Friday, January 13, 2012

X-Men: First Class (2011) - Review

Michael Fassbender as Magneto in X-Men: First Class

Erik Lehnsherr AKA Magneto happens to be my most Marvel character of all time and Michael Fassbender makes a great Erik/Magneto. Both these factors combined makes this my all time favorite X-Men movie.

After X-Men: The Last Stand (2006), there were reports of 2 separate movies in development: one based on Wolverine and the other focused on the Master of Magnetism.

I was quite interested in the latter and while the resulting movie is called X-Men: First Class, it is quite obvious that the movie was originally intended to focus only on Magneto.

The movie starts with the first scene of X-Men (2000) featuring a young Erik being separated from his parents in a concentration camp in the 1940s. The officer-in-charge notices the young Erik's mutant powers on display and decides to exploit the same. The officer kills Erik's mother to force the boy to display his mutant powers and succeeds in permanently scarring the boy's psyche with vengeance and hatred towards mankind.

In upstate NY, young Charles Xavier takes in fellow mutant Raven Darkholme AKA Mystique into his manor and they grow up together.

The movie picks up later with a grown up Erik tracking down his mother's killer, who now calls himself Sebastian Shaw. Played by Kevin Bacon in the vein of a 60s Bond movie villain, Shaw oozes pure evil. His mutant power is to absorb energy and use it to increase his own physical attributes to finally overpower his opponent. He is assisted by Emma Frost, Azazel and Riptide.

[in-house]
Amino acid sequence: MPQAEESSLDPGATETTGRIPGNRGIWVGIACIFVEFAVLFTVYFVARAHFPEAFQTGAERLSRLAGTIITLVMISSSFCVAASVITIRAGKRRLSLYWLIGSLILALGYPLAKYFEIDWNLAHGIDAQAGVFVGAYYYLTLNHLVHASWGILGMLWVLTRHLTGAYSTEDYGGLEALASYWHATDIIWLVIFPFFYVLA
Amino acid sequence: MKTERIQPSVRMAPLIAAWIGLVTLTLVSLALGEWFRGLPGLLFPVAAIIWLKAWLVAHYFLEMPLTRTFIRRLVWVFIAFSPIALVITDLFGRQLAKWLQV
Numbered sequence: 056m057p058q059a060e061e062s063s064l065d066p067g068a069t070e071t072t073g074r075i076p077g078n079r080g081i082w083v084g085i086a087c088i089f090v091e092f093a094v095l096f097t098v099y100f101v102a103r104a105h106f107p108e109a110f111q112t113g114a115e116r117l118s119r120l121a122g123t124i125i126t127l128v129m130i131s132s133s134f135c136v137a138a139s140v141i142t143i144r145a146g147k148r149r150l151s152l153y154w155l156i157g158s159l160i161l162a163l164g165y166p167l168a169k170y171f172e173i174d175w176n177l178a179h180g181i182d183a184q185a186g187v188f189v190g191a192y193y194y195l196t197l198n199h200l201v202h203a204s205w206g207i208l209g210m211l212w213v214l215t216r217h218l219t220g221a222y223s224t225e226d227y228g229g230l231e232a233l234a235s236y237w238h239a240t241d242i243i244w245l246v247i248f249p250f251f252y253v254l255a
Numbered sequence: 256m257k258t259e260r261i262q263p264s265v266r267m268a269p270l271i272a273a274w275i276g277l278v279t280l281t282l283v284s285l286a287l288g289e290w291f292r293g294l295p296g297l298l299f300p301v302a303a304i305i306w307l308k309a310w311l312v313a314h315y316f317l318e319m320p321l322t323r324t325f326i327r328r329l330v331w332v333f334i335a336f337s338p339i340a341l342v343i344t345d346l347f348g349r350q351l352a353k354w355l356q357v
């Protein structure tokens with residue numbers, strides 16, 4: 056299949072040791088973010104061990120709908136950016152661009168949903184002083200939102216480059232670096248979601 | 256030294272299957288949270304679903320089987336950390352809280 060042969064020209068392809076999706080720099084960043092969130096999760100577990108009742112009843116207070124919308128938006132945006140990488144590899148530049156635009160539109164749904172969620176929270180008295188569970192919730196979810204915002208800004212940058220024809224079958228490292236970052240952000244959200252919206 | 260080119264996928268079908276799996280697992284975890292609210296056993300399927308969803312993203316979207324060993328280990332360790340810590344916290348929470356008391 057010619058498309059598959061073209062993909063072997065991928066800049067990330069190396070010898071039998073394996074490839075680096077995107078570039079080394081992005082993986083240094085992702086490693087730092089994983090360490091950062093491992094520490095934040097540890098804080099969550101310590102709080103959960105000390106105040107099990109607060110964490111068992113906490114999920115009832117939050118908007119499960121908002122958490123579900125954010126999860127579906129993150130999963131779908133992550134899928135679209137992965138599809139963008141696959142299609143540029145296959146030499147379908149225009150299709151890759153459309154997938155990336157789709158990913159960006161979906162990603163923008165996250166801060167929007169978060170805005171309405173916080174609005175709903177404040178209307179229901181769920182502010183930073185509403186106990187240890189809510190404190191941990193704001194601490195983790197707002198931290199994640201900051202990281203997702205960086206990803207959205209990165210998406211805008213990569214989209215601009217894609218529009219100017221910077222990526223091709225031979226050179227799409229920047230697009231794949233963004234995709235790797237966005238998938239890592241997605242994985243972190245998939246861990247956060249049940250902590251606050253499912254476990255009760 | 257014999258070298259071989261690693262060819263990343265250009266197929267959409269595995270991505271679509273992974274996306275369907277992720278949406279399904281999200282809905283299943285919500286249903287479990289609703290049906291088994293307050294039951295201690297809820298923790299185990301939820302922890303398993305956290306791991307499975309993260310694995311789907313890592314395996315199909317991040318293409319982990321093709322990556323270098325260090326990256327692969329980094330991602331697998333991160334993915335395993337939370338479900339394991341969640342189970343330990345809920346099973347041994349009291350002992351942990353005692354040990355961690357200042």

Erik joins forces with Xavier and his band of fellow mutants (Beast, Darwin, Havoc, Banshee and Mystique), as they counter Shaw’s plans to start a nuclear war.

Competently directed by Matthew Vaughn, the movie erases the bad taste left  in the mouth by X-Men: The Last Stand. The presence of Bryan Singer as producer no doubt helped.

Nicholas Hoult and Jennifer Lawrence are great as Beast and Mystique respectively. Other mutants with the possible exception of Banshee and Havoc leave no impression, mainly due to the lack of character development.

James McAvoy and Michael Fassbender share great chemistry as Professor Xavier and Magneto

James McAvoy is a great foil as Xavier. He is a suave ladies man and does not mind using his formidable mutant powers to make an impression. McAvoy radiates the calm demeanor and wisdom that will eventually make him the mentor for X-Men. He makes for a believable younger version of Patrick Stewart’s Prof X. McAvoy and Fassbender share a great chemistry as the two men who will eventually part ways, as their ideologies differ radically about the peaceful co-existence of mutants and non-mutants.

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Ian McKellen is one of the most accomplished actors and always excels in his work, whether he plays Gandalf the Grey/White or the Master of Magnetism. It is a great tribute to Michael Fassbender that he puts his own stamp as Magneto, despite the inevitable comparisons to McKellen.

Fassbender has a very magnetic screen presence (no pun intended) and exudes immense on-screen charisma as he puts his mutant powers to display, especially in the climax. The scene with Prof X where he learns to control his rage is a textbook example of Fassbender's thespian skills.

Michael Fassbender as Magneto

Fassbender single-handedly makes this movie a must-watch for Magneto Fans and/or X-men fans.

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Image Sources: MPGTodayBeyond Hollywood

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